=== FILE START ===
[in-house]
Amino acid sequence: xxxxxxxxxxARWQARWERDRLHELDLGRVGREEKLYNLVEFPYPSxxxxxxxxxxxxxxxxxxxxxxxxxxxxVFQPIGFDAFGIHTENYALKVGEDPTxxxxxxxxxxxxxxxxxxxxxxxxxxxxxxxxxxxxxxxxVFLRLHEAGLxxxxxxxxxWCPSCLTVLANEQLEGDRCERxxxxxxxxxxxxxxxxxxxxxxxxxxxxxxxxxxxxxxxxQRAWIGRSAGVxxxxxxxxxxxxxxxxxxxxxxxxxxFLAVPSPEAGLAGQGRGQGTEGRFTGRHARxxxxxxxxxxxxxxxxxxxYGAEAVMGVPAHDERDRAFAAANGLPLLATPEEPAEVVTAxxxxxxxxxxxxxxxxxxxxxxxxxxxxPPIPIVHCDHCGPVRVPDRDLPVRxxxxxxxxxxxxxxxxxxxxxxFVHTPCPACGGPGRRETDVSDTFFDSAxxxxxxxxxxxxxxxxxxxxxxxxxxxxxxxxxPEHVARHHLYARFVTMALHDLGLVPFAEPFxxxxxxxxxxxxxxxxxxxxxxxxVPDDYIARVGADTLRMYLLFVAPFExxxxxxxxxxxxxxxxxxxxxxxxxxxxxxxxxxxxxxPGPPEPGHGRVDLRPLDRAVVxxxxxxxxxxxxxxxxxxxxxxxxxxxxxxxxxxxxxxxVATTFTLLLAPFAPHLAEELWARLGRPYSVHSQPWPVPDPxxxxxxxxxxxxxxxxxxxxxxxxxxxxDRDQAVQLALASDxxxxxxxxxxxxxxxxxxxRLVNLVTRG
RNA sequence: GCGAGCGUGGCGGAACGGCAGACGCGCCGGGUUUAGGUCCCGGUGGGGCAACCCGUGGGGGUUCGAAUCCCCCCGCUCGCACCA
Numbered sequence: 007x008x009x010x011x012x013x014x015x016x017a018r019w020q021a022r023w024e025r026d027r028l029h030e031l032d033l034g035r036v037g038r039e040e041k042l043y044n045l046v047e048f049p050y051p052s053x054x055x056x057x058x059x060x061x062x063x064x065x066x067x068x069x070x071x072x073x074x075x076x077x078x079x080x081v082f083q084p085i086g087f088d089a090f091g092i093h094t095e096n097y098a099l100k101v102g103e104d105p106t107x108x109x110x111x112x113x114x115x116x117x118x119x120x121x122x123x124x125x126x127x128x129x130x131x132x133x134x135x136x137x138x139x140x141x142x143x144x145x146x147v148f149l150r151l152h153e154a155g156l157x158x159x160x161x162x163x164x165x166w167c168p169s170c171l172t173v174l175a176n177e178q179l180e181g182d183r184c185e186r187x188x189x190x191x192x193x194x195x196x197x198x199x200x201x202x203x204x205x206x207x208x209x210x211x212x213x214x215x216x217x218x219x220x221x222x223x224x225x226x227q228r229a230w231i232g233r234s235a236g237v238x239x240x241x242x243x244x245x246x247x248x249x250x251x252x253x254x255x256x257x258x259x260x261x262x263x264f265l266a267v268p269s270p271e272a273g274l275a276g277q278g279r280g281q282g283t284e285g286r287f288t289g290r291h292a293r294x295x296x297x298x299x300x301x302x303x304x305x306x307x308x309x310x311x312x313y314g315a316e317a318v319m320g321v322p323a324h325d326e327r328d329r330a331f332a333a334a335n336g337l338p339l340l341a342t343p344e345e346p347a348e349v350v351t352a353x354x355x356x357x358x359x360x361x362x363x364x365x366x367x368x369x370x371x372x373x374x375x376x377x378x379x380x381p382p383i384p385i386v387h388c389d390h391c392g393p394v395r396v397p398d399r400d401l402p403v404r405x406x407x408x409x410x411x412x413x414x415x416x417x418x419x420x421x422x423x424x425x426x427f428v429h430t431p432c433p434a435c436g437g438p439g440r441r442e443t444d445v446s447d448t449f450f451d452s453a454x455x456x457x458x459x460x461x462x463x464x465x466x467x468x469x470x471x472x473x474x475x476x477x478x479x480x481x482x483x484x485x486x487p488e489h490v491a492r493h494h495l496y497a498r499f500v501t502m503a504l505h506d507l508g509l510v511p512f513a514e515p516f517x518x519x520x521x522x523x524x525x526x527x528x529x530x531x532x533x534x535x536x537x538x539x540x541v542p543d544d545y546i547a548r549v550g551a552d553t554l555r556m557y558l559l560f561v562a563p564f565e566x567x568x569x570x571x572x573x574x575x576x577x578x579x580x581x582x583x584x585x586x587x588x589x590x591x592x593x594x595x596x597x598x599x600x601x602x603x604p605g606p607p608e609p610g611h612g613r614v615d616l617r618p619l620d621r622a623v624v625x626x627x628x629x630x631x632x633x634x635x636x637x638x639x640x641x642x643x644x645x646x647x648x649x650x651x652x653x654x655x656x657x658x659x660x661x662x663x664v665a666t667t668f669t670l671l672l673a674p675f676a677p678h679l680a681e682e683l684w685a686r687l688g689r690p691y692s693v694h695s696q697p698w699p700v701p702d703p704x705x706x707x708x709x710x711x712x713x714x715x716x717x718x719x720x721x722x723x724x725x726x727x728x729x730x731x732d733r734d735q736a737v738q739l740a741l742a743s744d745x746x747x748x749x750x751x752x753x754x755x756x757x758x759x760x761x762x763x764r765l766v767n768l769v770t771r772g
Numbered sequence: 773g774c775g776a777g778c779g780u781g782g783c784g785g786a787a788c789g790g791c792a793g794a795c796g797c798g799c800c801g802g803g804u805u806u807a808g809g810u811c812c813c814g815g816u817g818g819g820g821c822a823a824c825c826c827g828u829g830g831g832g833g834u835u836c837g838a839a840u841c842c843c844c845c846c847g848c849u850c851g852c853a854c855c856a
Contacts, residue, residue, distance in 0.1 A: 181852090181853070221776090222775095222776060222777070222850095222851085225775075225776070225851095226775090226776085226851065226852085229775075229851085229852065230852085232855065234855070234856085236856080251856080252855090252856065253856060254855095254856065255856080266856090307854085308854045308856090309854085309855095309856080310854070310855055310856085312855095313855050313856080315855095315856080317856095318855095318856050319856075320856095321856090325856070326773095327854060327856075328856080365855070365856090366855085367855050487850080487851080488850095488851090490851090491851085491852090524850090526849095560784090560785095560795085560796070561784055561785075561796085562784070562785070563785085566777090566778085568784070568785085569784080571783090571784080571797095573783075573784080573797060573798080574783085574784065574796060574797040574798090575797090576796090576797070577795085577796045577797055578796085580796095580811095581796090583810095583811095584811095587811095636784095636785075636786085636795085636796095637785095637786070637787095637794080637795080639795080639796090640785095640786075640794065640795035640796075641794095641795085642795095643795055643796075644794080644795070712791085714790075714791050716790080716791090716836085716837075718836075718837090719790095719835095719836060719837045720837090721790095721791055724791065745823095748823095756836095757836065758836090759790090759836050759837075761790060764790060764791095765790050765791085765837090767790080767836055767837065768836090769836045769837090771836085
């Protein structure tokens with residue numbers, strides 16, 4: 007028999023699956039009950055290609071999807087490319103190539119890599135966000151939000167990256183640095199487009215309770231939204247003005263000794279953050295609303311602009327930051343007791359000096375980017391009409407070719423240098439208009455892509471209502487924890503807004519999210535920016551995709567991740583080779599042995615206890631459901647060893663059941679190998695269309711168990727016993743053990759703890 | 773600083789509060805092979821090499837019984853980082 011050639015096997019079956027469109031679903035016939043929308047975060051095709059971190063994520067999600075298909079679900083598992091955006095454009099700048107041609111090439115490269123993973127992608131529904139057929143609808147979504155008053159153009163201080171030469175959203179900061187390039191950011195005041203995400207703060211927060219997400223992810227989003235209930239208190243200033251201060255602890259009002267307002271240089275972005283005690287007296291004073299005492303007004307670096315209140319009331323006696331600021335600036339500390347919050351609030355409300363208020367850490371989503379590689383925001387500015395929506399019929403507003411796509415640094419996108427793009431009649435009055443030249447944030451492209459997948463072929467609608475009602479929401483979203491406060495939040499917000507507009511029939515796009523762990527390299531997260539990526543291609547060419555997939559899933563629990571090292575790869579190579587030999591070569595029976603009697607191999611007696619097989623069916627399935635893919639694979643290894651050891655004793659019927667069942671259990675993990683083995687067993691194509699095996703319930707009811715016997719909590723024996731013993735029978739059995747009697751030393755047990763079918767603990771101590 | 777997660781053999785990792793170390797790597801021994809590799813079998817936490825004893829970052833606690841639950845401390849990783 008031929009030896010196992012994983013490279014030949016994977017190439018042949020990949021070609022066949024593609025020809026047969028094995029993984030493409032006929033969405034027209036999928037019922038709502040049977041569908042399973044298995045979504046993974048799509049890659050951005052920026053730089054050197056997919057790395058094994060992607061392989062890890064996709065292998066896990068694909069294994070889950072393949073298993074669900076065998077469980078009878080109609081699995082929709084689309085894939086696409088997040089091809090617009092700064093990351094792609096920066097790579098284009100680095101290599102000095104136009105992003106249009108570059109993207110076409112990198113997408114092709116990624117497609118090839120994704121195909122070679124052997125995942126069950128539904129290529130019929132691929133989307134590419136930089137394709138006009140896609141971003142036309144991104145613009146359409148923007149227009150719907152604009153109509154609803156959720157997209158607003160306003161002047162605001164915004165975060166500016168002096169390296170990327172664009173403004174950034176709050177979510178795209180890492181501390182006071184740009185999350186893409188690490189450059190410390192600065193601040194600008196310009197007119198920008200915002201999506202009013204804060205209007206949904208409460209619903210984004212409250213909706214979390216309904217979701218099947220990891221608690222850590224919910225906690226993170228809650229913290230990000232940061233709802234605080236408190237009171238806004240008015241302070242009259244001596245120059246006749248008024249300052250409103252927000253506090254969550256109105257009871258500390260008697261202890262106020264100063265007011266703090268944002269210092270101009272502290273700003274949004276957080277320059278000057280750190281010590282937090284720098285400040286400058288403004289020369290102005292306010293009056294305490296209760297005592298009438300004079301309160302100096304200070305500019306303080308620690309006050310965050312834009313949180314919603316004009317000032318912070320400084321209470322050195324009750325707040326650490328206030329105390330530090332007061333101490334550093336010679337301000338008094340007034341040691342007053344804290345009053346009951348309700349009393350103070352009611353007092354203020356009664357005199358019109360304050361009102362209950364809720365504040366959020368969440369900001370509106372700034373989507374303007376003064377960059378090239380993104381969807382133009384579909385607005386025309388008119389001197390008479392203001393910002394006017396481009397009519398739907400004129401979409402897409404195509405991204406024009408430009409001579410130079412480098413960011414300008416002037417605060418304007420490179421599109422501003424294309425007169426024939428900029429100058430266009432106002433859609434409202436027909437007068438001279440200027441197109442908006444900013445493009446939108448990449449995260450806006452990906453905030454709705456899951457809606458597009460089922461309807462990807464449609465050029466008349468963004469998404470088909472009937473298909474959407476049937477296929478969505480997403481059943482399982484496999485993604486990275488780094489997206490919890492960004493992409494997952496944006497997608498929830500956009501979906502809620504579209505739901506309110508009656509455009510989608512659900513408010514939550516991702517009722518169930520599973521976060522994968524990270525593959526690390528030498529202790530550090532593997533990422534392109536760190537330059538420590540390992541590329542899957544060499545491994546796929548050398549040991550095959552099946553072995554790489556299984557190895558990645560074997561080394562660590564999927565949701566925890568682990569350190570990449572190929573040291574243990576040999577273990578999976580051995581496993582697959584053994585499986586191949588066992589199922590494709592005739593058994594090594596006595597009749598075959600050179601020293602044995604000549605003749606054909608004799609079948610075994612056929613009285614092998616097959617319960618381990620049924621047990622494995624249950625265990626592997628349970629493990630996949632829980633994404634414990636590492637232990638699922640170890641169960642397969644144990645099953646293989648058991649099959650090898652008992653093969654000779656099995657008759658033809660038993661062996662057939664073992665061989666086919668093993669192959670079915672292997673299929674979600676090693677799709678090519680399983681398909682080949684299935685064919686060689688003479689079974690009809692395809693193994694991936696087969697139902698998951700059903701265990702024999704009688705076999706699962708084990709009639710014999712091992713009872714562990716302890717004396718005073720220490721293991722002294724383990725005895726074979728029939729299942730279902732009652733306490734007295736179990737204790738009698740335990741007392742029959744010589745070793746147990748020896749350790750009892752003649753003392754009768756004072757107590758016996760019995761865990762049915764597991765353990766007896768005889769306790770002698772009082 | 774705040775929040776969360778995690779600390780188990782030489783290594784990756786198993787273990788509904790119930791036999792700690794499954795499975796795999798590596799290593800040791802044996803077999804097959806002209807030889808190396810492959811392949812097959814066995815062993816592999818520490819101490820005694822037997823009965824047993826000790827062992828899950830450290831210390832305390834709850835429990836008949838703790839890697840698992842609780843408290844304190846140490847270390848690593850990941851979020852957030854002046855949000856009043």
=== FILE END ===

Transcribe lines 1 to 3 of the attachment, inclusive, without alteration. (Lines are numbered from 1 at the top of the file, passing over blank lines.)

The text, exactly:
[in-house]
Amino acid sequence: xxxxxxxxxxARWQARWERDRLHELDLGRVGREEKLYNLVEFPYPSxxxxxxxxxxxxxxxxxxxxxxxxxxxxVFQPIGFDAFGIHTENYALKVGEDPTxxxxxxxxxxxxxxxxxxxxxxxxxxxxxxxxxxxxxxxxVFLRLHEAGLxxxxxxxxxWCPSCLTVLANEQLEGDRCERxxxxxxxxxxxxxxxxxxxxxxxxxxxxxxxxxxxxxxxxQRAWIGRSAGVxxxxxxxxxxxxxxxxxxxxxxxxxxFLAVPSPEAGLAGQGRGQGTEGRFTGRHARxxxxxxxxxxxxxxxxxxxYGAEAVMGVPAHDERDRAFAAANGLPLLATPEEPAEVVTAxxxxxxxxxxxxxxxxxxxxxxxxxxxxPPIPIVHCDHCGPVRVPDRDLPVRxxxxxxxxxxxxxxxxxxxxxxFVHTPCPACGGPGRRETDVSDTFFDSAxxxxxxxxxxxxxxxxxxxxxxxxxxxxxxxxxPEHVARHHLYARFVTMALHDLGLVPFAEPFxxxxxxxxxxxxxxxxxxxxxxxxVPDDYIARVGADTLRMYLLFVAPFExxxxxxxxxxxxxxxxxxxxxxxxxxxxxxxxxxxxxxPGPPEPGHGRVDLRPLDRAVVxxxxxxxxxxxxxxxxxxxxxxxxxxxxxxxxxxxxxxxVATTFTLLLAPFAPHLAEELWARLGRPYSVHSQPWPVPDPxxxxxxxxxxxxxxxxxxxxxxxxxxxxDRDQAVQLALASDxxxxxxxxxxxxxxxxxxxRLVNLVTRG
RNA sequence: GCGAGCGUGGCGGAACGGCAGACGCGCCGGGUUUAGGUCCCGGUGGGGCAACCCGUGGGGGUUCGAAUCCCCCCGCUCGCACCA